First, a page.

The Police Incident Report, attached to the complaint, notes that the officers arrived at Stone's home that evening in response to a call from a concerned citizen over Stone's use of alcohol and loud profanity. And, consistent with that report, Stone has attached a police dispatch transcript of the call from that citizen, who complained that Stone and his friends were "on the front of their porch using extremely loud profanity, just swearing, M and F this, M and F that." The caller, apparently a neighbor, informed the dispatcher that "the people next door has [sic] three kids and I know they don't want to call because it will create problems." The Police Incident Report states that Stone was drinking alcohol and using profanity when the officers arrived, and that Stone immediately told them to "get off my fucking property" while walking towards the officers at a fast pace. When Stone refused to comply with Davis's order to back away, the officers attempted to arrest Stone for disorderly conduct, and Stone resisted. The officers subdued Stone and then transported him to the police department, where they issued him local ordinance tickets for disorderly conduct and resisting arrest.
All three of Stone's local ordinance tickets were adjudicated in (presumably municipal) court in the Village of Broadview by Judge Paula Harris, who seems to have presided over a two-day trial that spanned November 25 and December 23, 2013. At trial, Village prosecutor Michael Connelly examined Abraham and officers Davis and Carlson about both the June 3 dog incident and the June 30 porch profanity incident. According to Stone, they all lied, falsely painting him as the instigator on both occasions, and Judge Harris deprived him of a fair trial by giving him "no chance to prove [his] case." Among other things, Stone protests the lack of testimony from the "anonymous caller" who allegedly made the complaint of Stone's drunken and profane behavior on June 30, and Judge Harris's decision to "decode" the dispatch tapes relating to both incidents to hide the identity of the callers. Stone's reply brief notes that he "believe[s] that a jury trial will help [him] get a fair trial and prove [his] truth to the fact that the Village Trustee and Officers Carlson #89 and Davis #90 violated [his] rights."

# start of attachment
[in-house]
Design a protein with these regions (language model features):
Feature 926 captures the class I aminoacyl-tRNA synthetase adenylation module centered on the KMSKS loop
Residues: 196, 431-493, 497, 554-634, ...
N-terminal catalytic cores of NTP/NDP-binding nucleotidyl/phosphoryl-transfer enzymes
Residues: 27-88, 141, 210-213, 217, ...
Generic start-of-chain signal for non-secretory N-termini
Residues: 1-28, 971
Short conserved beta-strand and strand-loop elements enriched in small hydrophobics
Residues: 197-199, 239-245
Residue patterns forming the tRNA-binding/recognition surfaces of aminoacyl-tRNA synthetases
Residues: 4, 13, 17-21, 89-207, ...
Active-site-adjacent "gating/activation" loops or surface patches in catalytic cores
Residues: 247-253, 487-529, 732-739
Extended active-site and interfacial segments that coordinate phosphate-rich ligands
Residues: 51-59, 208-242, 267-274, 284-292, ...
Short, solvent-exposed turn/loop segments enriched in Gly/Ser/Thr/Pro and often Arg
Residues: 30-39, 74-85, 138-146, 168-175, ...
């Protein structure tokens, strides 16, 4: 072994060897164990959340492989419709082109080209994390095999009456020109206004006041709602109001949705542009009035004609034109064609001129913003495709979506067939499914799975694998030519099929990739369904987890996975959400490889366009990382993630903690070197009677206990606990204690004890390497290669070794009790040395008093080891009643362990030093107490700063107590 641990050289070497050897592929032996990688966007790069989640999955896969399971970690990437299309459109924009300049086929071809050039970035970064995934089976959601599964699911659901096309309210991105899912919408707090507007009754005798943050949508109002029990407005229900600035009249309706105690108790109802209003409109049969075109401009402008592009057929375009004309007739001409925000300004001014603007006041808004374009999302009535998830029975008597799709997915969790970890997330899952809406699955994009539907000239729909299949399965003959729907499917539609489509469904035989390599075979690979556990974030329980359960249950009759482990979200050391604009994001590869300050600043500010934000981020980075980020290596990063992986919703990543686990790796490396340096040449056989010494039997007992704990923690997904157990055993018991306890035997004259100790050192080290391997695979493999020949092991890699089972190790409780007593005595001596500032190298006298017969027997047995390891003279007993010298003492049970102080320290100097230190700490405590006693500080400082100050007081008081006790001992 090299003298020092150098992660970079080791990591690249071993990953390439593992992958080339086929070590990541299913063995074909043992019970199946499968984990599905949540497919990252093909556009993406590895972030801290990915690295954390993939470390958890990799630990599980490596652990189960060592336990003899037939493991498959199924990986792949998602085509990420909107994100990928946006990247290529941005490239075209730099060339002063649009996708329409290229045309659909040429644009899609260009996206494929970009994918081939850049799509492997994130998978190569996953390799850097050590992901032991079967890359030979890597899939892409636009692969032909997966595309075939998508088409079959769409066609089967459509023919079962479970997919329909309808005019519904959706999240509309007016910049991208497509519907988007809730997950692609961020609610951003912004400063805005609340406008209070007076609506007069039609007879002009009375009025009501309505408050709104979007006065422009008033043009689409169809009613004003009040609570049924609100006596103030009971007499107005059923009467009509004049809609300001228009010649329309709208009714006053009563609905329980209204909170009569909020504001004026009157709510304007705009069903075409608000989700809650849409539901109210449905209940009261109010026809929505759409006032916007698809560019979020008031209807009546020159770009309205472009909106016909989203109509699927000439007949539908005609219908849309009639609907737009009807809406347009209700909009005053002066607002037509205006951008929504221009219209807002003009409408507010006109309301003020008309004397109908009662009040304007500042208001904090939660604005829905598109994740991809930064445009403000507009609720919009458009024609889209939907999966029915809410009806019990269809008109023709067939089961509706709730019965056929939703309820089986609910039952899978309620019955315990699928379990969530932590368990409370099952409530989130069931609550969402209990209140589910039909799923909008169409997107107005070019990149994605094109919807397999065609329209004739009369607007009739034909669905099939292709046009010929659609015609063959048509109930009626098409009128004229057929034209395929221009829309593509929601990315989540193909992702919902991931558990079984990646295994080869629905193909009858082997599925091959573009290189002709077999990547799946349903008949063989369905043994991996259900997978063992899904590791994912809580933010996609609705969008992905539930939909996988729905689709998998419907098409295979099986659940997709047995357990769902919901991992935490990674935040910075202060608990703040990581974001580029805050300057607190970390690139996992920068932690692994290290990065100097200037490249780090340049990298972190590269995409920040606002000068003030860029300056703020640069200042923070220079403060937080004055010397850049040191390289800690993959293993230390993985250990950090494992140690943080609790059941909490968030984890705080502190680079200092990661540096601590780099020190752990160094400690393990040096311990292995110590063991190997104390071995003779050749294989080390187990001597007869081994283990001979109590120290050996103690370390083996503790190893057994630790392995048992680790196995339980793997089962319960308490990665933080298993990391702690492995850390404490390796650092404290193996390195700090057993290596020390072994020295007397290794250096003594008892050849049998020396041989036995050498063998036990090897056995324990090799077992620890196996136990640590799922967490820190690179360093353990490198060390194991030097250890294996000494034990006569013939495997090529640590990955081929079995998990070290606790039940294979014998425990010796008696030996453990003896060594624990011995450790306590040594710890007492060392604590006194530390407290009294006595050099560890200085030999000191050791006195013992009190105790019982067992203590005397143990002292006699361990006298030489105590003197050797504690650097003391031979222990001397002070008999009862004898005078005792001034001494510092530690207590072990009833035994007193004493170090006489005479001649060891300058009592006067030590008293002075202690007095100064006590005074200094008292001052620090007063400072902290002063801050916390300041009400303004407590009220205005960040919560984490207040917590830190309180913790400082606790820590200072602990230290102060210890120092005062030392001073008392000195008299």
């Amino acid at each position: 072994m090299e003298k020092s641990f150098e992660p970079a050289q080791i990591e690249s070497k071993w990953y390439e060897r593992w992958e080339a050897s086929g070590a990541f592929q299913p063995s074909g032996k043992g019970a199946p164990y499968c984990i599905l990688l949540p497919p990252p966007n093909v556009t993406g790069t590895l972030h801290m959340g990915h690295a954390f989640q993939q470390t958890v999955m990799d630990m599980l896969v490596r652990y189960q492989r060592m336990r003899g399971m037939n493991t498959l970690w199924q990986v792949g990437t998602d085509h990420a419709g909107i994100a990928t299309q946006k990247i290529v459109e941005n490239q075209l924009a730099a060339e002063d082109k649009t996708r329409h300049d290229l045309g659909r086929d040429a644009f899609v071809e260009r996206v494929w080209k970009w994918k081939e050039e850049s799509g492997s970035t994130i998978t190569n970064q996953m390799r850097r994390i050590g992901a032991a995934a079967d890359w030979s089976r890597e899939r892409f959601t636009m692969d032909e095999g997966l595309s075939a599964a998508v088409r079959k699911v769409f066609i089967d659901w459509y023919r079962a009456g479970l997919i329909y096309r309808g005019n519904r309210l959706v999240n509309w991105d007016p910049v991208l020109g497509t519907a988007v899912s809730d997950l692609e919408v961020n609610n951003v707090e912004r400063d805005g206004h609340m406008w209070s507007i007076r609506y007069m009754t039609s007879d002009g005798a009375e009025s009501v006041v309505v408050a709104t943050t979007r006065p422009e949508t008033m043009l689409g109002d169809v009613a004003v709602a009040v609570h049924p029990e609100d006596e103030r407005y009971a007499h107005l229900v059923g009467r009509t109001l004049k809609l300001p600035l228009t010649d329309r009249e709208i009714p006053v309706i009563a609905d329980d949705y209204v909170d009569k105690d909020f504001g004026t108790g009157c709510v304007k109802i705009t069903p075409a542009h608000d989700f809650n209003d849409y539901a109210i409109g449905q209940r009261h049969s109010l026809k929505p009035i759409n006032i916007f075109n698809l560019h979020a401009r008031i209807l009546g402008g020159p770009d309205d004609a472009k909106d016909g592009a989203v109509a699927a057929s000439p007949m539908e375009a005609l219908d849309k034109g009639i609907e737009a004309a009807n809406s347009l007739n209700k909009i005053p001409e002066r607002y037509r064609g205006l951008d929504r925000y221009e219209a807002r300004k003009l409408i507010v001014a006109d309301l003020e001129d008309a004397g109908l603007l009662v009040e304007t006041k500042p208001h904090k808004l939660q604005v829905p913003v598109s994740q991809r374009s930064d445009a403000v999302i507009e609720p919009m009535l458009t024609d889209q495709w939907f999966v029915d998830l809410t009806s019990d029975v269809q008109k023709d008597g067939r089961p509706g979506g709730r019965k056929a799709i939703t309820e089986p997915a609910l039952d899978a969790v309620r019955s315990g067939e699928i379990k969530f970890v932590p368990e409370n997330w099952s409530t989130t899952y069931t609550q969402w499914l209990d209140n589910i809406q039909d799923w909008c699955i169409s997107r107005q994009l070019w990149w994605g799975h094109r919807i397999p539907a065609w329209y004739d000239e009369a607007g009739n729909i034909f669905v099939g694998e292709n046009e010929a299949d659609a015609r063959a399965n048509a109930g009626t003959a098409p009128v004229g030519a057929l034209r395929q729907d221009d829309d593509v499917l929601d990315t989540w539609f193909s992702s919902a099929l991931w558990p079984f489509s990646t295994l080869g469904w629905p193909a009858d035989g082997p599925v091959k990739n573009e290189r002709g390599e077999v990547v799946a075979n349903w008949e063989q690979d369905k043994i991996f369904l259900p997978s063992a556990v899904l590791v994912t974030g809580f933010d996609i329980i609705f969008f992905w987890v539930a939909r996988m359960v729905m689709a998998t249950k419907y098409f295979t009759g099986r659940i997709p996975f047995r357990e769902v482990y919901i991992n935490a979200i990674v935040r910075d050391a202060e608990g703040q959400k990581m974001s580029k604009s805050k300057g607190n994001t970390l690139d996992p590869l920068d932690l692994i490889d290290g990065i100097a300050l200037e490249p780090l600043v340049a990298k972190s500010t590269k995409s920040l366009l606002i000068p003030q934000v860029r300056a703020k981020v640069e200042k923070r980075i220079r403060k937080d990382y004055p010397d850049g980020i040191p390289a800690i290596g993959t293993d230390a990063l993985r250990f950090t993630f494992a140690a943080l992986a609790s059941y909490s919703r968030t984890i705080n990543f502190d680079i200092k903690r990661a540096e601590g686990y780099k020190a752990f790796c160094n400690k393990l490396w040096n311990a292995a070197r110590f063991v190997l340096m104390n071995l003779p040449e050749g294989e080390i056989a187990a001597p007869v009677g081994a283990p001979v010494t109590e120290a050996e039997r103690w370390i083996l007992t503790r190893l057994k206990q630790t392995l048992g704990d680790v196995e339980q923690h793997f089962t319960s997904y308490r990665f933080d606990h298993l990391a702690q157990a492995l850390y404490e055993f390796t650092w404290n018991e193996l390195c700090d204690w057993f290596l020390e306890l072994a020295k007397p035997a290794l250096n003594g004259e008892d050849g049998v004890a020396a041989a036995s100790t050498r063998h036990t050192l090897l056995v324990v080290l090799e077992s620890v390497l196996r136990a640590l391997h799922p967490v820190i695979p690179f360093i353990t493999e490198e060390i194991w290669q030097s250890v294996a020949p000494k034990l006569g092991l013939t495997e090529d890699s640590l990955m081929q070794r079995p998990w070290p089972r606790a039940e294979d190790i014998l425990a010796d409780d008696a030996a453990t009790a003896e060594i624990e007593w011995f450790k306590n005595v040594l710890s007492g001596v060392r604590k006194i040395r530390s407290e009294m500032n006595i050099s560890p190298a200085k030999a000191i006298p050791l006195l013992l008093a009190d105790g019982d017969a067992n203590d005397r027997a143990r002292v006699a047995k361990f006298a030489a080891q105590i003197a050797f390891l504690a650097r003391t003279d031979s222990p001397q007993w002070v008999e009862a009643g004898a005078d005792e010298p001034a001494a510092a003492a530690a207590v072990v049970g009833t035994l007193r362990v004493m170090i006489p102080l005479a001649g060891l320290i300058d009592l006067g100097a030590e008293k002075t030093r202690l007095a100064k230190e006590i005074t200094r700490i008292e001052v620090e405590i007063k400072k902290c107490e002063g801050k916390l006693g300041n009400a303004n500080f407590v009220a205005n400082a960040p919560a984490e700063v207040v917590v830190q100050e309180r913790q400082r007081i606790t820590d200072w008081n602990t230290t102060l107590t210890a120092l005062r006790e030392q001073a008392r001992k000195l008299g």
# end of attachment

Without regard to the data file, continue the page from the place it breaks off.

Stone surmises that all of his problems in the Village have "evolved" from Abraham's "ongoing issue with [his] father, into a race issue with [Stone]." Case in point, Stone alleges that when his father refused to support Abraham's mayoral campaign in the last election, Abraham sent the water department to "make a big hole" in their yard to spite them. According to Stone, her disdain for his father has morphed into full-fledged racism towards young African American ("fucking drug dealers, " as she allegedly calls them), whom she now harasses all over the Village. At bottom, Stone complains that Abraham "wrongly accused" him, gave "Carlson #89 and Davis #90 the wrong impression" of him, and led "them to emotionally and physically endanger" him.